Boom times for the 'Detroit of Southeast Asia'

Boom times for the 'Detroit of Southeast Asia'

BANGKOK - At a high-tech factory in the world's fastest growing auto production hub, industrial robots and white-suited workers put the finishing touches to hundreds of cars rolling off the assembly line each day.

It could be a scene from Toyota City or Detroit, but this is Thailand, a country better known around the world for its beaches and rice paddies.

With major car makers hit by a global economic downturn, the Southeast Asian nation has emerged as a rare bright spot in recent years.

Thailand's auto production surged 70 per cent in 2012 from the previous year, to 2.48 million vehicles, according to the Paris-based International Organisation of Motor Vehicle Manufacturers.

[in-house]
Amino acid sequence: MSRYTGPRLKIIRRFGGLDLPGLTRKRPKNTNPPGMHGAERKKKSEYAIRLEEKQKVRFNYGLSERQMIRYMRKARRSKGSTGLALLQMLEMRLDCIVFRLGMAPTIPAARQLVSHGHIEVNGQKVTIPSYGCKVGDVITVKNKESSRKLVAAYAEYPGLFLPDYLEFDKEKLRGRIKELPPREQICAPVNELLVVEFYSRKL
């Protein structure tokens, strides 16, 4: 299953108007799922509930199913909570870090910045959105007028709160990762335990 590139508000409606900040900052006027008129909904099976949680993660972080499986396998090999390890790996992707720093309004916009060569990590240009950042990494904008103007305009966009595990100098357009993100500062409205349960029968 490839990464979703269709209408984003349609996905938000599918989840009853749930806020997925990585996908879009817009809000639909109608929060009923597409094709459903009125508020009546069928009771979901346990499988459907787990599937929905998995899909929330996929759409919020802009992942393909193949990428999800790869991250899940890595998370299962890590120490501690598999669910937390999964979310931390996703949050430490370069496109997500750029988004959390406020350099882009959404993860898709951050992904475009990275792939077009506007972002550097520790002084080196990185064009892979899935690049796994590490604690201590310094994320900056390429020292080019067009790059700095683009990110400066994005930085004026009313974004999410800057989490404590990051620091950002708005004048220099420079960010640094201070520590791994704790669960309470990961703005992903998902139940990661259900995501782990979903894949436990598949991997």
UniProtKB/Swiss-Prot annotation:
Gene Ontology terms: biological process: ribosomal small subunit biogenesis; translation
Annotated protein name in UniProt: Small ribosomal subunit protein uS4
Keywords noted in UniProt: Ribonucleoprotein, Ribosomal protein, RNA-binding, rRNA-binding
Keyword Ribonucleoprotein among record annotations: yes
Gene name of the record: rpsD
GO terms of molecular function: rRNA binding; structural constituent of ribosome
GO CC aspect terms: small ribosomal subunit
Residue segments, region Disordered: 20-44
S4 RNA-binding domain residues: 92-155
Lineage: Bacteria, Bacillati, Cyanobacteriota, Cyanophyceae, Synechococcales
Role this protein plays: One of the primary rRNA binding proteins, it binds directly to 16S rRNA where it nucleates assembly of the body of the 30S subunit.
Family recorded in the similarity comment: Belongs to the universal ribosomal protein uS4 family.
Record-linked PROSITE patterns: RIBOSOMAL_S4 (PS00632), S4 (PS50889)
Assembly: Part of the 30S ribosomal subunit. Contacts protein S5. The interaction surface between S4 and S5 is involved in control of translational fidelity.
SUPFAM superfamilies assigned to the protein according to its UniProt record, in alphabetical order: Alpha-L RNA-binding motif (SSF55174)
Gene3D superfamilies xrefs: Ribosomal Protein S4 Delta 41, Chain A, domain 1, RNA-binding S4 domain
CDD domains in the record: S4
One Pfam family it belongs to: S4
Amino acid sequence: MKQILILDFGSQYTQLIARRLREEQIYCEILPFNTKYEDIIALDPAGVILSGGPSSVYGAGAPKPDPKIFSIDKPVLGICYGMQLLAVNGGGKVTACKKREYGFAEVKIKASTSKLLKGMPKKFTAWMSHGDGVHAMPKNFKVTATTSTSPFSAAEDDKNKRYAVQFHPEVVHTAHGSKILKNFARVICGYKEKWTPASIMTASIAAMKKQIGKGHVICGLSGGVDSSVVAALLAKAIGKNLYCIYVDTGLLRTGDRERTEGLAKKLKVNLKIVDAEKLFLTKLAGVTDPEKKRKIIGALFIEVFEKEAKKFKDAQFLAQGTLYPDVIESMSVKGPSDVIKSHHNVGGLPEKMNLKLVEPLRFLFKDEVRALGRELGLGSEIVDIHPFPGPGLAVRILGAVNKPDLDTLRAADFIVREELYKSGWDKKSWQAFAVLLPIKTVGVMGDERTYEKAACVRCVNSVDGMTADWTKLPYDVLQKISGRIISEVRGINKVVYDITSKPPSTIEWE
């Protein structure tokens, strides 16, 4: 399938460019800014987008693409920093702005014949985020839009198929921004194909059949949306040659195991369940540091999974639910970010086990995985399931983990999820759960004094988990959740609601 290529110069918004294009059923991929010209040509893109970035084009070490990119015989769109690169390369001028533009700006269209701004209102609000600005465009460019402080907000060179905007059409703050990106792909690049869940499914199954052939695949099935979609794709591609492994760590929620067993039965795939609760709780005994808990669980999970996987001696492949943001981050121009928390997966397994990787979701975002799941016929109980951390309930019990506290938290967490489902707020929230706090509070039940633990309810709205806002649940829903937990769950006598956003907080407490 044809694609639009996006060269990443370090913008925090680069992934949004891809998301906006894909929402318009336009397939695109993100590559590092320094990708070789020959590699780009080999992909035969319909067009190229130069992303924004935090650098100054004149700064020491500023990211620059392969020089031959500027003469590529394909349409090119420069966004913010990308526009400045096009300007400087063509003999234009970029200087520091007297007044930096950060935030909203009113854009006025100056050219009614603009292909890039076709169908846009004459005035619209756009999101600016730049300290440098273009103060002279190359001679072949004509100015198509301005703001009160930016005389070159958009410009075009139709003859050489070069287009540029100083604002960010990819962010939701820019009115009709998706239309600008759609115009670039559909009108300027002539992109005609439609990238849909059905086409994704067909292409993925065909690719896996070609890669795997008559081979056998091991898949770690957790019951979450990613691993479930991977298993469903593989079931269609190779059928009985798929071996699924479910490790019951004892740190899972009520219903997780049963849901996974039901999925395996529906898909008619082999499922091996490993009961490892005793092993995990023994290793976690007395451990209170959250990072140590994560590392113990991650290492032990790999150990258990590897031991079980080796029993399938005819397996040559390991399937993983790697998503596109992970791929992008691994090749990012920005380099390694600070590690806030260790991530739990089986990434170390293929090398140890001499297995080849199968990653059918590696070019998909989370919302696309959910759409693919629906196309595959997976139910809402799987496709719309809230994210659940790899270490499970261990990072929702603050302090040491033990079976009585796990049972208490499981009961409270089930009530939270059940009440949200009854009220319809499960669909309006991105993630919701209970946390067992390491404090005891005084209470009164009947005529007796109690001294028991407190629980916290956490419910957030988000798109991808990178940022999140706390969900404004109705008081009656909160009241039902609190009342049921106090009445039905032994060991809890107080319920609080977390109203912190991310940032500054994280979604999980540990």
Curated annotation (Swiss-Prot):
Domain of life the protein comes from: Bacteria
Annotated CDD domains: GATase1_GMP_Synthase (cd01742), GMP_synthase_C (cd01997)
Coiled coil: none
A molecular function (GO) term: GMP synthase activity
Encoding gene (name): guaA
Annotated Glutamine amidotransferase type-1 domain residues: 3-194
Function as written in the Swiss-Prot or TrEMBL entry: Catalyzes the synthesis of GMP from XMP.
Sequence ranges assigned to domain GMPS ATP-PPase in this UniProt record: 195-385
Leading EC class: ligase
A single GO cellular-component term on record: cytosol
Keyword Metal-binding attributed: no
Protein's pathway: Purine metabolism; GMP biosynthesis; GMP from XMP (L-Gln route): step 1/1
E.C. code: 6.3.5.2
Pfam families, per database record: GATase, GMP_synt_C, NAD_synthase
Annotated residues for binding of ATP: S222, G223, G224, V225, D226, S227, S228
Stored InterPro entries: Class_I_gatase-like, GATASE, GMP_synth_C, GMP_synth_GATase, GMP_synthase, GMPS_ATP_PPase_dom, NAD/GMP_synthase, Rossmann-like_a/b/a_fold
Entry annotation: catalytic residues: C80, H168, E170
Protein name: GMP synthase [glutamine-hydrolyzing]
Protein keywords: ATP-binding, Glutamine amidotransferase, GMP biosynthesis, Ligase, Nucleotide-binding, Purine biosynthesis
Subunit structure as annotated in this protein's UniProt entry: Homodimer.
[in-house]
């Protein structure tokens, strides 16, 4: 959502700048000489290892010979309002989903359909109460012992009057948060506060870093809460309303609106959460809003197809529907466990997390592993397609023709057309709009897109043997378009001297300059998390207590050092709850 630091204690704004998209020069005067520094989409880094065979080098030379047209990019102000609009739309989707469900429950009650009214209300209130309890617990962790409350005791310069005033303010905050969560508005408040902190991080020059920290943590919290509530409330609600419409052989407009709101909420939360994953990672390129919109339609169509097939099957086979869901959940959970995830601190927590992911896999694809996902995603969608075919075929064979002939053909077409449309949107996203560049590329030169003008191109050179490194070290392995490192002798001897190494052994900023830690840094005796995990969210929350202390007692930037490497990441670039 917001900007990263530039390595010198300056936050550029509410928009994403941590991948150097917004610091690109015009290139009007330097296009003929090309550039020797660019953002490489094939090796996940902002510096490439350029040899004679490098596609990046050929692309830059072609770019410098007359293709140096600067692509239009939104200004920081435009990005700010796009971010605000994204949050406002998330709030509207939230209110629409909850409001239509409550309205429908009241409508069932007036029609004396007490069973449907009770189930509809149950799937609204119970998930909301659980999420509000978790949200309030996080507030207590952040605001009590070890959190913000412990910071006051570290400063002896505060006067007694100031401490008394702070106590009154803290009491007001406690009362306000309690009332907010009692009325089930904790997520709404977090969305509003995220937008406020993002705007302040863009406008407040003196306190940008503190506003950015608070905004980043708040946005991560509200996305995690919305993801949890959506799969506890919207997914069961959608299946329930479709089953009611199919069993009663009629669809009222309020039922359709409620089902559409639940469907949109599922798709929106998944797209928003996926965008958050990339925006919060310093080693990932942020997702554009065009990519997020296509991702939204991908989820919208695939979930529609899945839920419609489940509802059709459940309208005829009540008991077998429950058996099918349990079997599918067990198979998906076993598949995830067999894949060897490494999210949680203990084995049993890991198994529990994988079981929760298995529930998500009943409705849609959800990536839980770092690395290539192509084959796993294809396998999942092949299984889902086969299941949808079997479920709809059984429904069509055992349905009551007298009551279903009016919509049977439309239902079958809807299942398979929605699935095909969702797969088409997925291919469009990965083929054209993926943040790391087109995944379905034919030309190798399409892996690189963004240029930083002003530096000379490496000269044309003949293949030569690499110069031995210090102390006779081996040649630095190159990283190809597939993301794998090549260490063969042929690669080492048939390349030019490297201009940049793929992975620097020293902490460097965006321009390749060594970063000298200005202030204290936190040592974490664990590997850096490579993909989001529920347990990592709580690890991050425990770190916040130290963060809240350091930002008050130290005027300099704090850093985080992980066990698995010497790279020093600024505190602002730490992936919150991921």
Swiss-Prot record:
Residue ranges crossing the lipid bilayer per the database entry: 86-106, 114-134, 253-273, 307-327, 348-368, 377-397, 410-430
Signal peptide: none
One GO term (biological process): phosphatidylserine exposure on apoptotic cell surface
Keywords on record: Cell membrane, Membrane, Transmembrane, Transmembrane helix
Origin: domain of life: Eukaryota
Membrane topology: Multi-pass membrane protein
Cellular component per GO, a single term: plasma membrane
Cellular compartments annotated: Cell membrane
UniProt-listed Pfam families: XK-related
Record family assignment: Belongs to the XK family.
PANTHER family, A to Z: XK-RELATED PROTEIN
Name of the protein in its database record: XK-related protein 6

In contrast, China and India saw only single digit gains.

Thanks to major investment by Japanese producers as well as US giant Ford, Thailand is Southeast Asia's most prolific car maker, streets ahead of nearest-rival Indonesia.

Last year it exported about one million vehicles.

Domestic sales also continued to surge in the first six months of 2013, although they have since slowed as the number of first time buyers lured into the market by tax breaks tails off.

It is a general growth trend mirrored across much of the region as people switch to cars from motorcycles.

Despite worries about Thailand's wider economic fortunes, car makers remain bullish about the kingdom's long-term prospects and have pumped hundreds of millions of dollars into high-tech new plants to prove it.

"There might be black clouds and there might be problems, but overall the car industry is driven by people... people with two wheels who want to get four wheels," says Uli Kaiser, president of industry analysts the Automotive Focus Group Thailand.

"I don't see that desire to stop, and I see Southeast Asia as the strongest growth territory in the world."

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